The letters of recommendation he presented to H. B. Claflin & Co. were all forgeries. When $1,000 worth of laces were missing in October 1874, shortly after Mix's hiring, a private detective was put on the case. Mix was arrested in the St. James Hotel.
The Times reported on October 16, "On being arraigned in court yesterday he made a clean breast of the affair, and resorted to his old tactics. He first endeavored to bribe Detective Mooney, then he wanted to fix the reporters, and finally informed Chief Clerk Cooney that he would make it all right with him."
For the first time in his criminal career, Mix could not buy his way out of his crimes. He was held in default of $3,000 bail for trial.
Horace B. Claflin died in November 1885. His will directed that the bulk of his estate should remain in the business for five years. Therefore, in May 1890 the old business was reorganized as the H. B. Claflin Company with Horace's son, John, as its president. He held 50 percent of the stock.
|John Claflin dressed more the part of a millionaire than did his father. New-York Tribune, June 26, 1914|
John Claflin brought back Samuel A. Warner to extend the building, nearly doubling its size. In a remarkable early example of contextual architecture, Warner disregarded current trends and matched his original design. Completed in 1891, the seamless addition created a perfectly-balanced structure.
|The elevated railway ran up the middle of West Broadway. King's Photographic Views of New York City, 1895 (copyright expired)|
Management may have regretted its stubbornness. Two years later newspapers and trade journals nationwide printed full-page announcements of shocking failure of H. B. Claflin Company. The Upholsterer captured the industry's disbelief saying "The business world throughout the country was tremendously moved when under date of June 25 the newspapers spread broadcast the fact that the H. B. Claflin Co. had gone into the hands of receivers."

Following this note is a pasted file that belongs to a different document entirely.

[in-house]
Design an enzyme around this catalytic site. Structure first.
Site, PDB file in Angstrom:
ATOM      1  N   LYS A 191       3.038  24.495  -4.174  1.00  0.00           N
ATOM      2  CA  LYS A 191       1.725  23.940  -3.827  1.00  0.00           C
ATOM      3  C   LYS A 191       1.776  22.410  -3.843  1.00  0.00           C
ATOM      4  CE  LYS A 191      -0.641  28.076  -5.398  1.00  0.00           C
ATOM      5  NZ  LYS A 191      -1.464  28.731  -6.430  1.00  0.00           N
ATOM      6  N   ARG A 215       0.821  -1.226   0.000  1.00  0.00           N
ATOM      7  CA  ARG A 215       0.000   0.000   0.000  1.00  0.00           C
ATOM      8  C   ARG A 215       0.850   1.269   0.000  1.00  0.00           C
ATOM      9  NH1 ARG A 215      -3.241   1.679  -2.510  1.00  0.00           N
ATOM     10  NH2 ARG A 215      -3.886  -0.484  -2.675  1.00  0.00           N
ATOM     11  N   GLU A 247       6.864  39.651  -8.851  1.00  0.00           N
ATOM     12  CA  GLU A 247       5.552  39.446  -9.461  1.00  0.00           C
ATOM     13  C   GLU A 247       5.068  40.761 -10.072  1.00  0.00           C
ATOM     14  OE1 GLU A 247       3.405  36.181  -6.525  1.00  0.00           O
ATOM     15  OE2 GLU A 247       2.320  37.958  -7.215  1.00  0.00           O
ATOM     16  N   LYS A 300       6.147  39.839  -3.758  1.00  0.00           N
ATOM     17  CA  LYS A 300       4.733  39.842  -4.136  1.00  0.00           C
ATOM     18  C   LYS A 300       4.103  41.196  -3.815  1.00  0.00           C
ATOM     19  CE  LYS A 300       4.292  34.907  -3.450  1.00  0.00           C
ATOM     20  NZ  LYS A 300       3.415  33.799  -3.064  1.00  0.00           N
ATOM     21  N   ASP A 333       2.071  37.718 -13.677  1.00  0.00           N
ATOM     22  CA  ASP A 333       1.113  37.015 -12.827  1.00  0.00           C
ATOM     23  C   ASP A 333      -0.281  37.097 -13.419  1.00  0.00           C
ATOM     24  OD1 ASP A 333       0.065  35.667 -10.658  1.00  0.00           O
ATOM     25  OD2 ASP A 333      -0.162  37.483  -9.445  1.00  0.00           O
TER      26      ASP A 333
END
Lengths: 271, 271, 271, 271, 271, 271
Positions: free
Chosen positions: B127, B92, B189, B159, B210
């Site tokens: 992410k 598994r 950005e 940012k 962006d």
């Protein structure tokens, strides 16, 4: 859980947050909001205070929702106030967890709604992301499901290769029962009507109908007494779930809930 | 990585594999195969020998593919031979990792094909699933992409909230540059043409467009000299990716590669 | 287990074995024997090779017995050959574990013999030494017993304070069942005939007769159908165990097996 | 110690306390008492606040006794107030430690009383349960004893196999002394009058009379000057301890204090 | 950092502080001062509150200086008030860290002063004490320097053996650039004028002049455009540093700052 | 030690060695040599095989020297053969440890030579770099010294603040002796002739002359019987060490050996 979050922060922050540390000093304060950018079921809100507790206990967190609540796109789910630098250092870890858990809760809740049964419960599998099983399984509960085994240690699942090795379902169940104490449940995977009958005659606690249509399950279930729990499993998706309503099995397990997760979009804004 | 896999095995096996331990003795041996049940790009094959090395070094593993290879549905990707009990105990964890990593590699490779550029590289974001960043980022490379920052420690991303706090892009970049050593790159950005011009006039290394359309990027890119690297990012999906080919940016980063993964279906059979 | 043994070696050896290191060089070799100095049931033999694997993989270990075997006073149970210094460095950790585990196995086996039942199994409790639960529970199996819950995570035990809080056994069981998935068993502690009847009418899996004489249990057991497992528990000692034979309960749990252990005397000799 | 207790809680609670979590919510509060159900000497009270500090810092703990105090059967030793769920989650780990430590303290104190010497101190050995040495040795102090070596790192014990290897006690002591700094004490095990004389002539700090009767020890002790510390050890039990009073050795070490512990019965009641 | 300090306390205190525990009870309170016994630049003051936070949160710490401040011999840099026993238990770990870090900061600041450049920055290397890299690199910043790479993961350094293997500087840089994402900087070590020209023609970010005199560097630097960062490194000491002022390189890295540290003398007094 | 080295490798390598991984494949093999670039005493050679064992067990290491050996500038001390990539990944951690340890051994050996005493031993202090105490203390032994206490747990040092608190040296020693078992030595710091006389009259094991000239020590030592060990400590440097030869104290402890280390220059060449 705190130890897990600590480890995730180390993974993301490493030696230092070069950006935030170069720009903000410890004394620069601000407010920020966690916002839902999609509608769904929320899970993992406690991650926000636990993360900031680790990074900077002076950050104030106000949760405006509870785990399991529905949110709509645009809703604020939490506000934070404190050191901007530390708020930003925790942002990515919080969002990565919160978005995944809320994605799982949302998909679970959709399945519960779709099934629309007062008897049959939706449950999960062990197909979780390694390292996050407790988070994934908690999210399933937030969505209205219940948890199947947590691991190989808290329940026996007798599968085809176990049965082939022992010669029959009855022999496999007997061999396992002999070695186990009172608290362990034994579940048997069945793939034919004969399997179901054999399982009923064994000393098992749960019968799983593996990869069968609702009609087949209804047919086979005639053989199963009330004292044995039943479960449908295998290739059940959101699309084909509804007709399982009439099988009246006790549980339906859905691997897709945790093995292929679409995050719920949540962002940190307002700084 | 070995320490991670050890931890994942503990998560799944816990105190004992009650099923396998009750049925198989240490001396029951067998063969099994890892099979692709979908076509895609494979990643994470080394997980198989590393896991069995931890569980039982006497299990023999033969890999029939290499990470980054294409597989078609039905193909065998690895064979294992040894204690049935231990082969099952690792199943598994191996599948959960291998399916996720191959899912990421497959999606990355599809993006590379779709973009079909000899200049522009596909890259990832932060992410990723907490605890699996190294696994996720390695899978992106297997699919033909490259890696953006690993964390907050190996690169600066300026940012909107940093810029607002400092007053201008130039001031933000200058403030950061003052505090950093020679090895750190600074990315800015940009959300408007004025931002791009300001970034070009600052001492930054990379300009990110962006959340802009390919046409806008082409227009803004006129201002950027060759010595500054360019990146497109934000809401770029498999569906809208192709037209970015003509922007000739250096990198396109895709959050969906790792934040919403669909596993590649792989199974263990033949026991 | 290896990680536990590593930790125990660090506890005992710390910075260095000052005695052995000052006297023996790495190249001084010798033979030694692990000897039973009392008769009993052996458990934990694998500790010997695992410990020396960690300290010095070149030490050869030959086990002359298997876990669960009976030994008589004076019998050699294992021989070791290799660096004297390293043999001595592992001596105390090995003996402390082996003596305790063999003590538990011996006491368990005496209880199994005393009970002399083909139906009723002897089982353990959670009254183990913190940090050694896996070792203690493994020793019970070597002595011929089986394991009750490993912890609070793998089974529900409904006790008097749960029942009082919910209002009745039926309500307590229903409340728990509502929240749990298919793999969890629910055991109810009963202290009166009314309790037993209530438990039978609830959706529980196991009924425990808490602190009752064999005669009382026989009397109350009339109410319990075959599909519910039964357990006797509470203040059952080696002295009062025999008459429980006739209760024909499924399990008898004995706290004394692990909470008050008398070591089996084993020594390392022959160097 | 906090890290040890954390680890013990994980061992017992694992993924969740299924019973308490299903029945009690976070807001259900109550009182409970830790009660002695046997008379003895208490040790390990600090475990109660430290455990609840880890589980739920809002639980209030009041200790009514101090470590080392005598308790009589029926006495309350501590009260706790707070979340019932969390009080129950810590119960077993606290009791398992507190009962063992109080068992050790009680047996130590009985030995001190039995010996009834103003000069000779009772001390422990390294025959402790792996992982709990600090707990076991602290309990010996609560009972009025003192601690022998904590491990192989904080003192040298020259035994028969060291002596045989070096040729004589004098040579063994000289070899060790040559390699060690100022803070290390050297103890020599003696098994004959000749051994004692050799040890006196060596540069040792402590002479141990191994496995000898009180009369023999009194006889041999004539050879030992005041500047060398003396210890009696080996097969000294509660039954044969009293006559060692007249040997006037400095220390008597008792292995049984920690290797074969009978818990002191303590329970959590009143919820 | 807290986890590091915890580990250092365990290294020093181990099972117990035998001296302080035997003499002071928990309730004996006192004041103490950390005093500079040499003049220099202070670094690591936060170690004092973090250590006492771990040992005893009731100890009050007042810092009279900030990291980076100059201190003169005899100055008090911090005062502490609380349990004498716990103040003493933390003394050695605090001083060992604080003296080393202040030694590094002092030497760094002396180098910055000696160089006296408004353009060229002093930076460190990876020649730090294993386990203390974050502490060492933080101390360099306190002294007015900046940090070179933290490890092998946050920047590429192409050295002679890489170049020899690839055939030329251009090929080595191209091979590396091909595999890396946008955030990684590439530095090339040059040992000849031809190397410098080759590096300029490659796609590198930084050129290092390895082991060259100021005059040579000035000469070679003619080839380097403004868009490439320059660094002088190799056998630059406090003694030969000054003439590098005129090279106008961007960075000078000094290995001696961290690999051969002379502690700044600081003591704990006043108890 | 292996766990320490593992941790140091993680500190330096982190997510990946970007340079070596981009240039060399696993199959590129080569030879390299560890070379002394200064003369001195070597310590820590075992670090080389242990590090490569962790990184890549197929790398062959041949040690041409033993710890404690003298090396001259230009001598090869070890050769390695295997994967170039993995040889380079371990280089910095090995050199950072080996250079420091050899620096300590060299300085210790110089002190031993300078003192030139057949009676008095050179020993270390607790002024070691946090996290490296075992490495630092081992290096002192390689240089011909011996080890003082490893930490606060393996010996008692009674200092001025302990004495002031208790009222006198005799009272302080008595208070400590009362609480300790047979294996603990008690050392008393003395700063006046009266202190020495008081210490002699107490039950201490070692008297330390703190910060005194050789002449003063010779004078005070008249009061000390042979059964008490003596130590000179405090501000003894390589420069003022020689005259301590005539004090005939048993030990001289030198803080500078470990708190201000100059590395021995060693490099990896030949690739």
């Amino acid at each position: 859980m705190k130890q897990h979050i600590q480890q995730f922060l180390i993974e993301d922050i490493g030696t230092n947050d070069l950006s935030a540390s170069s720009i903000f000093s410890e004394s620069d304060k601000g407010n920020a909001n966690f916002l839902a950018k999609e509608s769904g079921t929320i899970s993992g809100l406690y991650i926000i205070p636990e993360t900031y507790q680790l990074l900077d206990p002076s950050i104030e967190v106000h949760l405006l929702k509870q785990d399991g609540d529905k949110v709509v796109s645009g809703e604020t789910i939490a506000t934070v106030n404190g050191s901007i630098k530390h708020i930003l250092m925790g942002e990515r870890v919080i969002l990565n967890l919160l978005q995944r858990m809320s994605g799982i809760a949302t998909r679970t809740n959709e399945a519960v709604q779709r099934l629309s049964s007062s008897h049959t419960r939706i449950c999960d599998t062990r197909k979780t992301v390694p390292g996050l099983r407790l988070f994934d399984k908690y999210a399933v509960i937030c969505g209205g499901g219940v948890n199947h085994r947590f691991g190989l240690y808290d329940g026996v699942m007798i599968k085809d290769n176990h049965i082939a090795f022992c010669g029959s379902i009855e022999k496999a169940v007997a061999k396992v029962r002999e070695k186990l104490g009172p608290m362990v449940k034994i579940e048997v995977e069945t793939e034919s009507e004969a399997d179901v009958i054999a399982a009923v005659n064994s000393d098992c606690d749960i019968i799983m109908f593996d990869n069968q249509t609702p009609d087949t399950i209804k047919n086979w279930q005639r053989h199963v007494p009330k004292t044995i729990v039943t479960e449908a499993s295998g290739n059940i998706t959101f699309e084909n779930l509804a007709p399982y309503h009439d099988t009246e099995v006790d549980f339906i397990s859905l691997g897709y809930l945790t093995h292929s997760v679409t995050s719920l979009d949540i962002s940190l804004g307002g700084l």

Once again the firm reorganized and managed to stay afloat until 1926. Then, on October 2 that year, The New York Times reported "Claflins, Inc. rated as the second largest wholesale dry goods establishment in this country and a concern that is more than eighty years old, is to go out of business." The article noted "It has between 800 and 900 employes, many of whom have spent their entire business life in the great building at Worth and Church Streets."
Immediately upon the closing of Claflins, Inc. the building's new owner, the Merchants Square Corporation, had the original 1861 building demolished. The architectural firm of Jardine, Hill & Murdock, which was designing its 16-story replacement, was also given the commission to renovate the former Claflin addition. Included was a new entrance, now opening onto Thomas Street. It featured a triangular pediment in keeping with the original Italianate design.
The Endicott-Johnson Corporation had been a major shoe manufacturer since the turn of the century. Its factories were located upstate in Binghamton, Johnson City and Endicott, New York. By 1927, when it moved into Nos. 151-157 West Broadway, it was employing a total staff of 20,000.
The immense size of the concern was evidenced six years earlier when the United States Department of the Interior gave Endicott-Johnson Corporation the contract to supply shoes to the Indian reservations. The New York Times reported "This includes shoes for men, women and children on all reservations and approximated 40,000 pairs."
Endicott-Johnson Corporation's lease with the Merchants Square Corporation was initially 15 years, with a yearly rent of $54,000; about $737,000 today. Like Horace B. Claflin, the firm was known for its benevolence. In addition to providing profit sharing to its employees and yearly bonuses for even the most menial of workers, the firm was widely-known for its philanthropies.
The year that the company moved into the West Broadway building, for instance, the Associated Press reported "George F. Johnson, President of the Endicott-Johnson Corporation, and members of his family will distribute 13,000 pairs of shoes to school children, teachers, policemen, firemen, railroad switchmen in the yards of the Endicott and Johnson City [railroads], inmates of country institutions and others as Christmas gifts. The total expense of the gifts will be more than $50,000."
The shoe company would remain in the building until mid-century. Afterwards various, smaller firms came and went--including Coleport Fabrics and the American Bleached Goods Co.--until 1986 when the New York County division of the State Supreme Court renovated the interior and took over the building.
At less than half of its former self, the H. B. Claflin & Co. building is still a dignified and impressive presence on West Broadway; a fitting reminder of the days when it housed the largest wholesale dry goods firm in the world.
photographs by the author